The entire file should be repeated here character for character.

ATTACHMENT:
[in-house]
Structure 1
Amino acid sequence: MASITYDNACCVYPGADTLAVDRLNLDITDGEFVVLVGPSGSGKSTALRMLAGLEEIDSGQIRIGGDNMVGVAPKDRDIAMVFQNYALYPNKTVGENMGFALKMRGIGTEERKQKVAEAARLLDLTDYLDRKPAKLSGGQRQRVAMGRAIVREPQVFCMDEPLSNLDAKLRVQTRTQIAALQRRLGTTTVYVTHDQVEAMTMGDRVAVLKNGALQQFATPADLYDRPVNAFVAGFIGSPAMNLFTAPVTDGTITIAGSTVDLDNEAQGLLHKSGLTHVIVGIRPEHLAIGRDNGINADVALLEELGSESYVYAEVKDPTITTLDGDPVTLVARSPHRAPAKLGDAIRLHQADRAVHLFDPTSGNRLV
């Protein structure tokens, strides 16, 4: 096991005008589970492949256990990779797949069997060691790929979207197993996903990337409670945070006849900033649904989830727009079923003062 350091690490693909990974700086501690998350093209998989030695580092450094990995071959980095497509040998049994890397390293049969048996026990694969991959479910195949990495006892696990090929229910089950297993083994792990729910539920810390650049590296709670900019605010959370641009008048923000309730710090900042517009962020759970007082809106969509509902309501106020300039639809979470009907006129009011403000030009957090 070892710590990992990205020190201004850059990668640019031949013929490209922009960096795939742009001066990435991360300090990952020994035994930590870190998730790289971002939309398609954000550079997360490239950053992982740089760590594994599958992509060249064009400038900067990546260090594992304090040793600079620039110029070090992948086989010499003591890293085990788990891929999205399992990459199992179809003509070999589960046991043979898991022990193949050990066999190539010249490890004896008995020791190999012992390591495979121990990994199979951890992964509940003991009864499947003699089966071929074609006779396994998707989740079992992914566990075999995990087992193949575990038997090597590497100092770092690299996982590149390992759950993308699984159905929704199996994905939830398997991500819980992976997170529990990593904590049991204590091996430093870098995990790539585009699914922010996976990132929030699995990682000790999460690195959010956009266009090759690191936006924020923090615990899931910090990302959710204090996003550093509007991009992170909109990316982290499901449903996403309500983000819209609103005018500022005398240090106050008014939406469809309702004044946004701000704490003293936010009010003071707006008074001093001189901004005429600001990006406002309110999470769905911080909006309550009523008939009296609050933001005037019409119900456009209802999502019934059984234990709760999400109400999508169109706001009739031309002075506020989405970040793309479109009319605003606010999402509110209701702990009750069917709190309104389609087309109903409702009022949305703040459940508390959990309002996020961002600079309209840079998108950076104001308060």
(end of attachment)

[in-house]
Structure 1
Amino acid sequence: MASITYDNACCVYPGADTLAVDRLNLDITDGEFVVLVGPSGSGKSTALRMLAGLEEIDSGQIRIGGDNMVGVAPKDRDIAMVFQNYALYPNKTVGENMGFALKMRGIGTEERKQKVAEAARLLDLTDYLDRKPAKLSGGQRQRVAMGRAIVREPQVFCMDEPLSNLDAKLRVQTRTQIAALQRRLGTTTVYVTHDQVEAMTMGDRVAVLKNGALQQFATPADLYDRPVNAFVAGFIGSPAMNLFTAPVTDGTITIAGSTVDLDNEAQGLLHKSGLTHVIVGIRPEHLAIGRDNGINADVALLEELGSESYVYAEVKDPTITTLDGDPVTLVARSPHRAPAKLGDAIRLHQADRAVHLFDPTSGNRLV
């Protein structure tokens, strides 16, 4: 096991005008589970492949256990990779797949069997060691790929979207197993996903990337409670945070006849900033649904989830727009079923003062 350091690490693909990974700086501690998350093209998989030695580092450094990995071959980095497509040998049994890397390293049969048996026990694969991959479910195949990495006892696990090929229910089950297993083994792990729910539920810390650049590296709670900019605010959370641009008048923000309730710090900042517009962020759970007082809106969509509902309501106020300039639809979470009907006129009011403000030009957090 070892710590990992990205020190201004850059990668640019031949013929490209922009960096795939742009001066990435991360300090990952020994035994930590870190998730790289971002939309398609954000550079997360490239950053992982740089760590594994599958992509060249064009400038900067990546260090594992304090040793600079620039110029070090992948086989010499003591890293085990788990891929999205399992990459199992179809003509070999589960046991043979898991022990193949050990066999190539010249490890004896008995020791190999012992390591495979121990990994199979951890992964509940003991009864499947003699089966071929074609006779396994998707989740079992992914566990075999995990087992193949575990038997090597590497100092770092690299996982590149390992759950993308699984159905929704199996994905939830398997991500819980992976997170529990990593904590049991204590091996430093870098995990790539585009699914922010996976990132929030699995990682000790999460690195959010956009266009090759690191936006924020923090615990899931910090990302959710204090996003550093509007991009992170909109990316982290499901449903996403309500983000819209609103005018500022005398240090106050008014939406469809309702004044946004701000704490003293936010009010003071707006008074001093001189901004005429600001990006406002309110999470769905911080909006309550009523008939009296609050933001005037019409119900456009209802999502019934059984234990709760999400109400999508169109706001009739031309002075506020989405970040793309479109009319605003606010999402509110209701702990009750069917709190309104389609087309109903409702009022949305703040459940508390959990309002996020961002600079309209840079998108950076104001308060």